For quite some years now, I kept my composing, mixing and mastering work strictly to my recording studio. While it’s not comparable to a big and bad-ass commercial studio centered around a million-dollar console, it has everything you need to create professional sounding productions, even including a vocal booth. I felt cozy and comfortable and was able to adjust everything according my personal workflow.
However, over the past year or so, I felt a strong wish growing in me:
Being able to compose on the road, be more flexible and to detach working from a specific location.
Since I’m planning to do some traveling in the upcoming year, I thought this could be the perfect time to assemble and set up my very own mobile composing and sound designing rig. This way, I would be able to work from anywhere: on a park bench, on the plane – hell, even on the beach (only in case of emergency of course)!
It took me quite some time to find the right pieces of gear since there are so many possibilities. Anyway, I had quite a clear image of what requirements my ideal mobile rig had to fulfill, which were:
- A high performance computer system I can realize even the most complex productions with. No compromises in comparison to the ‘big’ studio setup I’m used to work with.
- The mobile rig has to be space-saving to enable me to work literally everywhere.
- No need for power sources. My computer had to include a long battery life and all the peripherals like external drives should not be reliant on power sources.
- All I do on the mobile rig has to be compatible with the studio setup, so I can exchange and transfer projects that I started on one system to the other.
Now, in case you, too, are dreaming of your own mobile composing rig or are looking to complete the one you already got, I assembled a list of gear and gadgets to help you get along. It features the devices I use for my own setup as well as some alternatives and nice-to-have-but-not-necessary options.
DISCLAIMER: Of course, since science and technology progresses so fast and every one of you might have his or her special needs and requirements, this will never be the ultimate shopping list. However, I will keep it up to date and hope it helps you along with your dream of assembling your very own mobile composition rig!
This is the heart and centerpiece of anyone’s mobile composing rig so it definitely pays off to get a system that’s capable of fulfilling technically demanding tasks. Especially when it comes to composing for film, trailers or games, you should have a lot of memory (RAM), processing power and a good sound card on top of your priorities list.
Since I’m on a Apple-based system in my studio and wanted to be able to share projects easily between setups, I chose an Apple MacBook Pro to be my rig’s centerpiece. Although just recently, a new 2016 model was published by Apple, I decided to go with a pumped-up 2015 MacBook Pro. For one part, because I wasn’t quite happy with the ‘innovations’ the new model brought and for the other part because it was missing essential connections like a HDMI port or standard USB ports.
These are my MacBook Pro’s specs:
- 2,5GHz Intel Core i7 processor
- 16GB RAM
- 1 TB SSD hard drive
- 15″ Retina display
Of course, there are similar or even more powerful Windows-based systems for the same price but since for me, easy integration with my existing, Logic-based project workflow was essential, I kept with Apple on this one. I don’t want to start bragging about the reliability, low-noise, and simplicity of Apple products – you can read about this elsewhere. Just keep in mind you don’t want to make compromises regarding the choice of your computer system. After all, this piece of equipment is the most crucial part of your mobile rig.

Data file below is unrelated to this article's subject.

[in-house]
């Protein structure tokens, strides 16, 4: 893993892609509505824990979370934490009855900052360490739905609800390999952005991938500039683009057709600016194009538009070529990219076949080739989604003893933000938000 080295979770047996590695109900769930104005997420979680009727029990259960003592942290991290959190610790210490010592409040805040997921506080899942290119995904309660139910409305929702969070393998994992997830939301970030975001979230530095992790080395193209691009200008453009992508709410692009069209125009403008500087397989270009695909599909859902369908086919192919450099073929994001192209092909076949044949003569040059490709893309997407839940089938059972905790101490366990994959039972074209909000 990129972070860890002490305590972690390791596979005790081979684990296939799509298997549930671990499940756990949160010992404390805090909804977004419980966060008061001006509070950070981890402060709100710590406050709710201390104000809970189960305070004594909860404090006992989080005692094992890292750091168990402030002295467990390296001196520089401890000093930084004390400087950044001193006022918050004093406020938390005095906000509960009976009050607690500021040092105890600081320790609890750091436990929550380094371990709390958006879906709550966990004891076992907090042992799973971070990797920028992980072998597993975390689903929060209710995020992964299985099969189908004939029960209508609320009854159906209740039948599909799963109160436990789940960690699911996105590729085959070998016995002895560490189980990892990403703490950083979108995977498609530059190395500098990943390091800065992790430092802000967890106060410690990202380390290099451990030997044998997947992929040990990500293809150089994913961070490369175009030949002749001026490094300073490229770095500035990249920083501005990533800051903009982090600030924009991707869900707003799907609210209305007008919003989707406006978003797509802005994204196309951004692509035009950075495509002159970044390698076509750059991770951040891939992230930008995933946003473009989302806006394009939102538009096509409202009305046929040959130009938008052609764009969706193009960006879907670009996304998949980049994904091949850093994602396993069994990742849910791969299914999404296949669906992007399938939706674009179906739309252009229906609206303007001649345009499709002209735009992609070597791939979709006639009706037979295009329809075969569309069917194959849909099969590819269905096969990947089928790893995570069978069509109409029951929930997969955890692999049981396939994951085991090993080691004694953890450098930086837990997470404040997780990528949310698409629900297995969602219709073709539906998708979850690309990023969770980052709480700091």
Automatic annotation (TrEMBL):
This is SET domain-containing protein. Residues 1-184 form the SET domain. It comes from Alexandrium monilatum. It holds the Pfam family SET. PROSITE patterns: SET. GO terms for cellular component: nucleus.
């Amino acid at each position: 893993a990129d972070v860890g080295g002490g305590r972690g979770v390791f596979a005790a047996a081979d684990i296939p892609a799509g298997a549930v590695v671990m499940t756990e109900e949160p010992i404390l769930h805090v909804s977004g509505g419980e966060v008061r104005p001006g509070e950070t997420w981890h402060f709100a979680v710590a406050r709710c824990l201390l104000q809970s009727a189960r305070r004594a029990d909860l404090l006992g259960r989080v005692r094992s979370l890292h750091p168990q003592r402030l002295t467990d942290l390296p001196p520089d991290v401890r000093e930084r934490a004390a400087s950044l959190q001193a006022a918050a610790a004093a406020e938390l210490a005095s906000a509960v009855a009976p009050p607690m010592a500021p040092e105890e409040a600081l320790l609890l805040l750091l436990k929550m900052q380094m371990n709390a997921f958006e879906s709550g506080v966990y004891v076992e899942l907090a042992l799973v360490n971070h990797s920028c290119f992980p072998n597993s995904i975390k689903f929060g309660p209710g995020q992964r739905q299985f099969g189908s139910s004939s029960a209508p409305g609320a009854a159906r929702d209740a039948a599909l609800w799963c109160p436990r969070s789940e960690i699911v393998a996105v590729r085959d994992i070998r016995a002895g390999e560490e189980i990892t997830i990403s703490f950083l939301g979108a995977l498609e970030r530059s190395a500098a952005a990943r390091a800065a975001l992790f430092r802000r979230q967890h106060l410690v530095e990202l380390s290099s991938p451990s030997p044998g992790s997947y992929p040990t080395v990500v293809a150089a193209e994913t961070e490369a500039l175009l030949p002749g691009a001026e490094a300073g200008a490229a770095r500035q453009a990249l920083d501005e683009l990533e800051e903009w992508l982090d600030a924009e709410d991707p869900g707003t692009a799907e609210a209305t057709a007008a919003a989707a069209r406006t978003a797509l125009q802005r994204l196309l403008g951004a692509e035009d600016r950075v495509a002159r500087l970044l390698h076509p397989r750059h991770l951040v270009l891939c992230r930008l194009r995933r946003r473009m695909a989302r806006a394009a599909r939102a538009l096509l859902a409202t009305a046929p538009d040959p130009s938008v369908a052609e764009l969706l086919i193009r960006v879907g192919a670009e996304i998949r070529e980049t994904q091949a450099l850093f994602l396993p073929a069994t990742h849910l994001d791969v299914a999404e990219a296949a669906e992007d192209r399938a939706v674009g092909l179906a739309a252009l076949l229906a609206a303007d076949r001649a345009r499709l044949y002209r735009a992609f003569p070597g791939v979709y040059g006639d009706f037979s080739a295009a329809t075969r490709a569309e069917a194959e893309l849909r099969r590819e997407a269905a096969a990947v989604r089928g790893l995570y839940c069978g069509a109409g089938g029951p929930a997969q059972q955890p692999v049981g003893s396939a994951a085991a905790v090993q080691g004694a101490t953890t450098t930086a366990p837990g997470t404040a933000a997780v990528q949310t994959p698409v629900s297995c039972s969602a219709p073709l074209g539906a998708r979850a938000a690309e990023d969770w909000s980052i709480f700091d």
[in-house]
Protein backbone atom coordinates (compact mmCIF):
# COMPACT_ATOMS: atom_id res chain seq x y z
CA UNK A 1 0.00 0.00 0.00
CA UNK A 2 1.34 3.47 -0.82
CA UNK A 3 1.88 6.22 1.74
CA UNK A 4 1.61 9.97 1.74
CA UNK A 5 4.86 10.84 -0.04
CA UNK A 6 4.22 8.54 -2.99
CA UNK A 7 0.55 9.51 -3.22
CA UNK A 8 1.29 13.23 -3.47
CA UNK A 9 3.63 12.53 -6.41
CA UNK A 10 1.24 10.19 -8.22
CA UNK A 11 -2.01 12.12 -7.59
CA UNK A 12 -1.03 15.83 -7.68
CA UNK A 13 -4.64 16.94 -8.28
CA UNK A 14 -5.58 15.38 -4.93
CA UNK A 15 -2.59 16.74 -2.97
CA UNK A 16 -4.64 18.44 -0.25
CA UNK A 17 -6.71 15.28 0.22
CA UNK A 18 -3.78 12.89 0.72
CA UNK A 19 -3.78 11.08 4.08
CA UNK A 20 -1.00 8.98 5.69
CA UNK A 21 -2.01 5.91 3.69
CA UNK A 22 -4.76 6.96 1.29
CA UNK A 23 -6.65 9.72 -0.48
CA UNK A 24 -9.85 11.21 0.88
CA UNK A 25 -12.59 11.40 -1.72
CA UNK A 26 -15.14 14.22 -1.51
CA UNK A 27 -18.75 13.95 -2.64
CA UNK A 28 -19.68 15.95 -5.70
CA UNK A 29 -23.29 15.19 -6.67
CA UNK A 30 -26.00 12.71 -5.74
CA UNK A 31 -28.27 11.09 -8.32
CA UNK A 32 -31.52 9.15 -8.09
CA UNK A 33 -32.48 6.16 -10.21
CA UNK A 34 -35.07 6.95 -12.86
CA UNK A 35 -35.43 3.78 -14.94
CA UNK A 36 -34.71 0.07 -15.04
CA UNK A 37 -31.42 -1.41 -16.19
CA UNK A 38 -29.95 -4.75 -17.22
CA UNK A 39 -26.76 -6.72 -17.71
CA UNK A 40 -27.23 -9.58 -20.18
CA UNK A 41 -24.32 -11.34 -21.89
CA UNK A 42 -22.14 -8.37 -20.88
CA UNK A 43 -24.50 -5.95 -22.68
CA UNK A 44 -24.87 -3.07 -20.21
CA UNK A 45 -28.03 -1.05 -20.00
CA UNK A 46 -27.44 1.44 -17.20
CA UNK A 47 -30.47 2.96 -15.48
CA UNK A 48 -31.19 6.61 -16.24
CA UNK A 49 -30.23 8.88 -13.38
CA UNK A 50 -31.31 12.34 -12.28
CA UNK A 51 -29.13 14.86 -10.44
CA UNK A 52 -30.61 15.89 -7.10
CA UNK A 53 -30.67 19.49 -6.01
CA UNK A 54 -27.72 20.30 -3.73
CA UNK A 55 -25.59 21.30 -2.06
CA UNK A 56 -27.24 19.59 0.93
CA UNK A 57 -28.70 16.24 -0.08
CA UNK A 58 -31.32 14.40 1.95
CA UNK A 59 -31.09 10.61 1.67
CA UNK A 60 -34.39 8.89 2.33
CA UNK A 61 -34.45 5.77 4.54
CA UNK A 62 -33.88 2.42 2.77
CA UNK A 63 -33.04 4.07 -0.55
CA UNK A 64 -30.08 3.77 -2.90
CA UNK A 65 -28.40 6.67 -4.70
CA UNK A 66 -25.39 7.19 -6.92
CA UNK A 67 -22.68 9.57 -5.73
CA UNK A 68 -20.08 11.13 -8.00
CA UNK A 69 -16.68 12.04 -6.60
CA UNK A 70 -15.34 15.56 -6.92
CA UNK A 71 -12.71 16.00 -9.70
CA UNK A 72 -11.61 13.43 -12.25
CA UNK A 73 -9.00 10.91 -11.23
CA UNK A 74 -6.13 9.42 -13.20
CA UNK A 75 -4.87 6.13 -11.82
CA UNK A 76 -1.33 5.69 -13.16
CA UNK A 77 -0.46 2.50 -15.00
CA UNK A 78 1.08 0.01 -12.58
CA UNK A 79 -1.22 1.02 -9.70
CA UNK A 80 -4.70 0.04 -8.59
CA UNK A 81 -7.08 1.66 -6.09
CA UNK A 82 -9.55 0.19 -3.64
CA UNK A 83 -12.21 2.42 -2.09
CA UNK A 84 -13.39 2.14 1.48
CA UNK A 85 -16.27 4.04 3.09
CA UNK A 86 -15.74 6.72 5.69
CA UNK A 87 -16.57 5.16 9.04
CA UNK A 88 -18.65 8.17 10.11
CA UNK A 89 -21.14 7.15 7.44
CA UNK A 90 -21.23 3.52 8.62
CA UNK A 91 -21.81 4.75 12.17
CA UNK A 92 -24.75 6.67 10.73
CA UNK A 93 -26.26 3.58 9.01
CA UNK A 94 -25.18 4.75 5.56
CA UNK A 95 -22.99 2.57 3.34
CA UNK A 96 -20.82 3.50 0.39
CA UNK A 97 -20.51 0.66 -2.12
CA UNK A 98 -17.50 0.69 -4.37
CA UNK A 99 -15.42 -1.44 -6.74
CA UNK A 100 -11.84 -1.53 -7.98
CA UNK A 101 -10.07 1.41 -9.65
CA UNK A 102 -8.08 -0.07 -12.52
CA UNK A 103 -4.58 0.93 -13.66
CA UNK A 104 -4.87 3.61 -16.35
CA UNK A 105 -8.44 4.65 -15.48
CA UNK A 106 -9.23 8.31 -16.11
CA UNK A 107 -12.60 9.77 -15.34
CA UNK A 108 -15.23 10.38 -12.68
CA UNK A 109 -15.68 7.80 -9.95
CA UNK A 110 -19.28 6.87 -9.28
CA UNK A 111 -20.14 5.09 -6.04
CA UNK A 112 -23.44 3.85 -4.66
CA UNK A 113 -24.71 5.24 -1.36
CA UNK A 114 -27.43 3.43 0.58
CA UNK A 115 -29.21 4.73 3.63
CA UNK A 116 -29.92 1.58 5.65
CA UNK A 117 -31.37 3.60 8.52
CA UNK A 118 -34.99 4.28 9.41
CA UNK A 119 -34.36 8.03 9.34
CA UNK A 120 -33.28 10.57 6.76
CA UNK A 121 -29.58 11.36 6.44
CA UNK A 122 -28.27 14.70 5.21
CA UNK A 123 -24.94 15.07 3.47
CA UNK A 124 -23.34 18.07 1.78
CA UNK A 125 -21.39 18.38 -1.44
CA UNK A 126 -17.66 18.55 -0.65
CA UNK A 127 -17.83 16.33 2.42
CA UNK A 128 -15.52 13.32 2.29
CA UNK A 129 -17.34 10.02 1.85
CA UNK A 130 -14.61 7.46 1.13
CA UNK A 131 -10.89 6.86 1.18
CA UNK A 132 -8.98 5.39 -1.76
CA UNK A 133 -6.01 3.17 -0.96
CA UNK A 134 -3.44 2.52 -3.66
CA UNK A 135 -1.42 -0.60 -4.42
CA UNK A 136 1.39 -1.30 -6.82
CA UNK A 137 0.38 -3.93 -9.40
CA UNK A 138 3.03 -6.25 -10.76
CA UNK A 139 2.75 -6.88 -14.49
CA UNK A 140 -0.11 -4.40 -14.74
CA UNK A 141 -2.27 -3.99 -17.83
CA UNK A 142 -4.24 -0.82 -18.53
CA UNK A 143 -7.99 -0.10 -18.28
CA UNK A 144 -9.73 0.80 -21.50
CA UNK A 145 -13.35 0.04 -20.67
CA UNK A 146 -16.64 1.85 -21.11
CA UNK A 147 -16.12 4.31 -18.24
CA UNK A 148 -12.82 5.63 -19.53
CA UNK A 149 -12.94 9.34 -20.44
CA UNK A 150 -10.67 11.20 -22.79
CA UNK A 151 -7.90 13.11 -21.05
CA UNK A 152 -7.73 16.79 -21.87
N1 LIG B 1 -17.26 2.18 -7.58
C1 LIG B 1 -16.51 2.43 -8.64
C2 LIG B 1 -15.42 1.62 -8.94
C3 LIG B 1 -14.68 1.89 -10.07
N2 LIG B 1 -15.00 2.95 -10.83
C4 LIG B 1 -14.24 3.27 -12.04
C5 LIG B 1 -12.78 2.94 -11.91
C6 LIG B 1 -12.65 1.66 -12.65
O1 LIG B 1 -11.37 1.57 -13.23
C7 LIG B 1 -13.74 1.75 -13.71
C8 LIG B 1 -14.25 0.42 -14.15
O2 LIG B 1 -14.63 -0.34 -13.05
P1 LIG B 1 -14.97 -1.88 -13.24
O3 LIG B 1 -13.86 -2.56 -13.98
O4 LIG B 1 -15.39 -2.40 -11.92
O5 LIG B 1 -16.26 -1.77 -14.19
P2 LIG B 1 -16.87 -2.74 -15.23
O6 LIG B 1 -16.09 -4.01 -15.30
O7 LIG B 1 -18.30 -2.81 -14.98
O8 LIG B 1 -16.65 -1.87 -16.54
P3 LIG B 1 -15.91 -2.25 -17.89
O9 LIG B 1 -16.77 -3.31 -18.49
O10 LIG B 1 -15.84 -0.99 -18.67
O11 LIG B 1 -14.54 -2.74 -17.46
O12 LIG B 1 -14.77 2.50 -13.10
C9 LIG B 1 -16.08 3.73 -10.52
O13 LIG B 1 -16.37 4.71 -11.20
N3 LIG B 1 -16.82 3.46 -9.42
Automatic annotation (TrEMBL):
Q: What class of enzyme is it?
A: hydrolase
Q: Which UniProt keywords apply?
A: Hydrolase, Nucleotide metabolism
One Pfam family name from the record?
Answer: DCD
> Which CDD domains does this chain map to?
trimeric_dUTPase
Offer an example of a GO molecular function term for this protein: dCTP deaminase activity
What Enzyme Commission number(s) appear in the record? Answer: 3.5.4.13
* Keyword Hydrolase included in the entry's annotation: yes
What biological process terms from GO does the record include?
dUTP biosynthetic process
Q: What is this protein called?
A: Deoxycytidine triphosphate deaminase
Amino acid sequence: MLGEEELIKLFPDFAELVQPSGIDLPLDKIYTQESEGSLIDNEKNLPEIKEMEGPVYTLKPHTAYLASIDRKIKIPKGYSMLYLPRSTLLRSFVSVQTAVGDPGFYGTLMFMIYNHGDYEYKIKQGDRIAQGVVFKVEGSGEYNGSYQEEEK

EXTERNAL HARD DRIVE
Another essential part of your composing and sound designing system is the external hard drive you’re placing all your fancy sample libraries on. You should absolutely find a good external drive you can stream your samples from, to keep your laptop’s internal hard drive clutter-free and running fast. I recently exchanged all the disk drives I had installed in my studio’s computer with SSDs and was positively shocked by the result. Therefore, I was quite sure I also wanted to go with a SSD for my mobile rig, especially since these types of drives perform exceptionally good at streaming huge amounts of sample data at high speed.
After comparing and researching a lot, I stumbled upon Samsung’s Portable SDD T3. It’s a tiny, credit card-sized, USB 3.0-powered SSD drive that runs at up to a speed of 450 MB/s. While it’s quite pricey and you could discuss about whether the price of SSDs is really justified and such, the Samsung T3 is definitely the perfect choice for my purposes. It has:
- Plenty of storage space (1TB in my case)
- High data speed
- surprisingly small dimensions
- no need for an external power supply
If you’re planning to rather go for a disk drive, I’d highly recommend to go for a drive with at least 7,200 RPM (rounds per minute) which is the minimum required speed to stream big amounts of sample data without getting audio drop-outs or freezes. One reason I went with the SSD however, was, that literally every external hard drive featuring the appropriate RPM and storage space required external power supply. Since it’s involving mechanical parts, a disk drive is much more vulnerable to concussions than solid state drives, which is an important detail you want to keep in mind if you plan to travel with your mobile rig.
While probably not necessary for every composer and sound designer out there, for me, having a little MIDI keyboard at hand when composing on the go was very crucial. While I don’t want to miss my studio’s 88-key master keyboard, I knew I would get along well with a much smaller keyboard size when working on the go. Again, I searched the internet and compared products from various manufacturers, eventually ending up with AKAI’s MPK Mini MKII. The MPK Mini MKII is a 25-key midi controller keyboard featuring eight additional, freely assignable control knobs as well as eight backlit MPC-style drum pads. Since it’s almost the same width as the MacBook Pro, you can easily place it in front of the laptop or put it even on top in cramped traveling situations.
There are other small MIDI controlling options from AKAI like the MPD218 (only drum pads) or the LPK25 (only keys) that may fit your specific workflow better, but for me, the MPK Mini MKII provided the best combination of features.